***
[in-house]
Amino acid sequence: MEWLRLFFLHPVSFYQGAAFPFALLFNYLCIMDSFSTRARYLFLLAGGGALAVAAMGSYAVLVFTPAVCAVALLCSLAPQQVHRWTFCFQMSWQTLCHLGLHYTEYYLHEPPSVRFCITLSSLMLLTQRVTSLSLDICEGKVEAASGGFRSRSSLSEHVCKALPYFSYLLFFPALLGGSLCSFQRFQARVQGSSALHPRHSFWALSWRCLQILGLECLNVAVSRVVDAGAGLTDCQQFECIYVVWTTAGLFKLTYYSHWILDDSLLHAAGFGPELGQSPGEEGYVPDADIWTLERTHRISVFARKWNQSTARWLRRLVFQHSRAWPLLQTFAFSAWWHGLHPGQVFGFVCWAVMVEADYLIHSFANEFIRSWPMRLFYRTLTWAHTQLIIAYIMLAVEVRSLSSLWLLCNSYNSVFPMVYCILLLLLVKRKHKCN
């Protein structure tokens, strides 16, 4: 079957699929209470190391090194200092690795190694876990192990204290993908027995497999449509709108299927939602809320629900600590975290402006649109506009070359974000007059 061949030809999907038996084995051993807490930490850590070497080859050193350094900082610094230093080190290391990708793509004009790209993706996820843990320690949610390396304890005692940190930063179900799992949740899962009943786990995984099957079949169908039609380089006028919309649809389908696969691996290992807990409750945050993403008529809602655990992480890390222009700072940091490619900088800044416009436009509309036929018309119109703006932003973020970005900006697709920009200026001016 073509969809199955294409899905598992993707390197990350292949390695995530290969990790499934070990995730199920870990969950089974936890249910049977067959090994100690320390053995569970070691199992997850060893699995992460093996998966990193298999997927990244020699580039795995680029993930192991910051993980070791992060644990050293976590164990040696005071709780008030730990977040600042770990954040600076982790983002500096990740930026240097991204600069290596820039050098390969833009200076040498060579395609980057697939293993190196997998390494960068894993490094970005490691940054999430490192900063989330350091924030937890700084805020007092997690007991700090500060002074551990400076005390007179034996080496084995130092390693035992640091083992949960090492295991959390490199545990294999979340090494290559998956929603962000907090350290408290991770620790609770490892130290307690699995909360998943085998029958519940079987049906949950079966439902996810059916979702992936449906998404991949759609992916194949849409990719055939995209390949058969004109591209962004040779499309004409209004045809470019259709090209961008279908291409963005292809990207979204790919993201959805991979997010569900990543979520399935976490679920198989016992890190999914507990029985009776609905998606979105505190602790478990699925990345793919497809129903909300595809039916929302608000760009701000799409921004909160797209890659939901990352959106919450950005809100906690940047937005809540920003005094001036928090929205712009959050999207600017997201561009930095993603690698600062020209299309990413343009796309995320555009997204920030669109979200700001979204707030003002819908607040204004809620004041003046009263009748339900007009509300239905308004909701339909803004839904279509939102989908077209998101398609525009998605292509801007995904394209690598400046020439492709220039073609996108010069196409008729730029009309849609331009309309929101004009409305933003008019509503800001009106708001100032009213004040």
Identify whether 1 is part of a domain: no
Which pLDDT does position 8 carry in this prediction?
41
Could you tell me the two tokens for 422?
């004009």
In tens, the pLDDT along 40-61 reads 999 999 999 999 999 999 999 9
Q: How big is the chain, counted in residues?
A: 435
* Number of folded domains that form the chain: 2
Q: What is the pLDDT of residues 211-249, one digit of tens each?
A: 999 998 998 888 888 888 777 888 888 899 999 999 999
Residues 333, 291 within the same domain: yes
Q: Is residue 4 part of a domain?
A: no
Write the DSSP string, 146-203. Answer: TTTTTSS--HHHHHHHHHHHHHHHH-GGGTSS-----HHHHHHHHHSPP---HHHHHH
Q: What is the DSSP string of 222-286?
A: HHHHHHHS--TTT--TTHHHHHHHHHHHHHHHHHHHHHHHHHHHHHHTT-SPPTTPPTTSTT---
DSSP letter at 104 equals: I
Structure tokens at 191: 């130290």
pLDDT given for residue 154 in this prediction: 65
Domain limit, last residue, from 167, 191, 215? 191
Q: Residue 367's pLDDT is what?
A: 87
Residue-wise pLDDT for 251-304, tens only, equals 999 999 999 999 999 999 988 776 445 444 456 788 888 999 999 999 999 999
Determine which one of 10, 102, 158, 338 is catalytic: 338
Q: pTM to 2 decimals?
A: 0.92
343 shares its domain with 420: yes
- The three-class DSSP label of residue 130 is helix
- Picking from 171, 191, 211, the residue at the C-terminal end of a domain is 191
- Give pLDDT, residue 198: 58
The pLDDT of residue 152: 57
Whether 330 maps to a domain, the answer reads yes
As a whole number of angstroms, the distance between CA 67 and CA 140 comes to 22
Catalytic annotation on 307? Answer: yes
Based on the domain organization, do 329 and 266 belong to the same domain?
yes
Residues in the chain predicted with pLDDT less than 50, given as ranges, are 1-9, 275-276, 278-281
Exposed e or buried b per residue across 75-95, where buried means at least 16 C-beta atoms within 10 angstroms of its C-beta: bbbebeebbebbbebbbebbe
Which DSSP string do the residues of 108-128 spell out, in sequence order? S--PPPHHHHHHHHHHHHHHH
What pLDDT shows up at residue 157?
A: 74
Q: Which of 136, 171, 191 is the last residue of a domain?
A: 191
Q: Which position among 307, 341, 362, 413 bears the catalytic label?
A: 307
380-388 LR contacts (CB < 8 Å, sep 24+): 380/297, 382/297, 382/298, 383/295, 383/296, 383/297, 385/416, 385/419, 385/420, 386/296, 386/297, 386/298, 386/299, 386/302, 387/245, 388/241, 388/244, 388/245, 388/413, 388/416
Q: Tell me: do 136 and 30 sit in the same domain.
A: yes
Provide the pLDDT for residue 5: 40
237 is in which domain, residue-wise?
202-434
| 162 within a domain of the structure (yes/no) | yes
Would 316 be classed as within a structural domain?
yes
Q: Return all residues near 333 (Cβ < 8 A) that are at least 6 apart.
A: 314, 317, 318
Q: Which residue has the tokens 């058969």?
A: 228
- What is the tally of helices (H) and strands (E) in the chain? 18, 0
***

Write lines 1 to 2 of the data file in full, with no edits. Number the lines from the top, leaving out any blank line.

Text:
[in-house]
Amino acid sequence: MEWLRLFFLHPVSFYQGAAFPFALLFNYLCIMDSFSTRARYLFLLAGGGALAVAAMGSYAVLVFTPAVCAVALLCSLAPQQVHRWTFCFQMSWQTLCHLGLHYTEYYLHEPPSVRFCITLSSLMLLTQRVTSLSLDICEGKVEAASGGFRSRSSLSEHVCKALPYFSYLLFFPALLGGSLCSFQRFQARVQGSSALHPRHSFWALSWRCLQILGLECLNVAVSRVVDAGAGLTDCQQFECIYVVWTTAGLFKLTYYSHWILDDSLLHAAGFGPELGQSPGEEGYVPDADIWTLERTHRISVFARKWNQSTARWLRRLVFQHSRAWPLLQTFAFSAWWHGLHPGQVFGFVCWAVMVEADYLIHSFANEFIRSWPMRLFYRTLTWAHTQLIIAYIMLAVEVRSLSSLWLLCNSYNSVFPMVYCILLLLLVKRKHKCN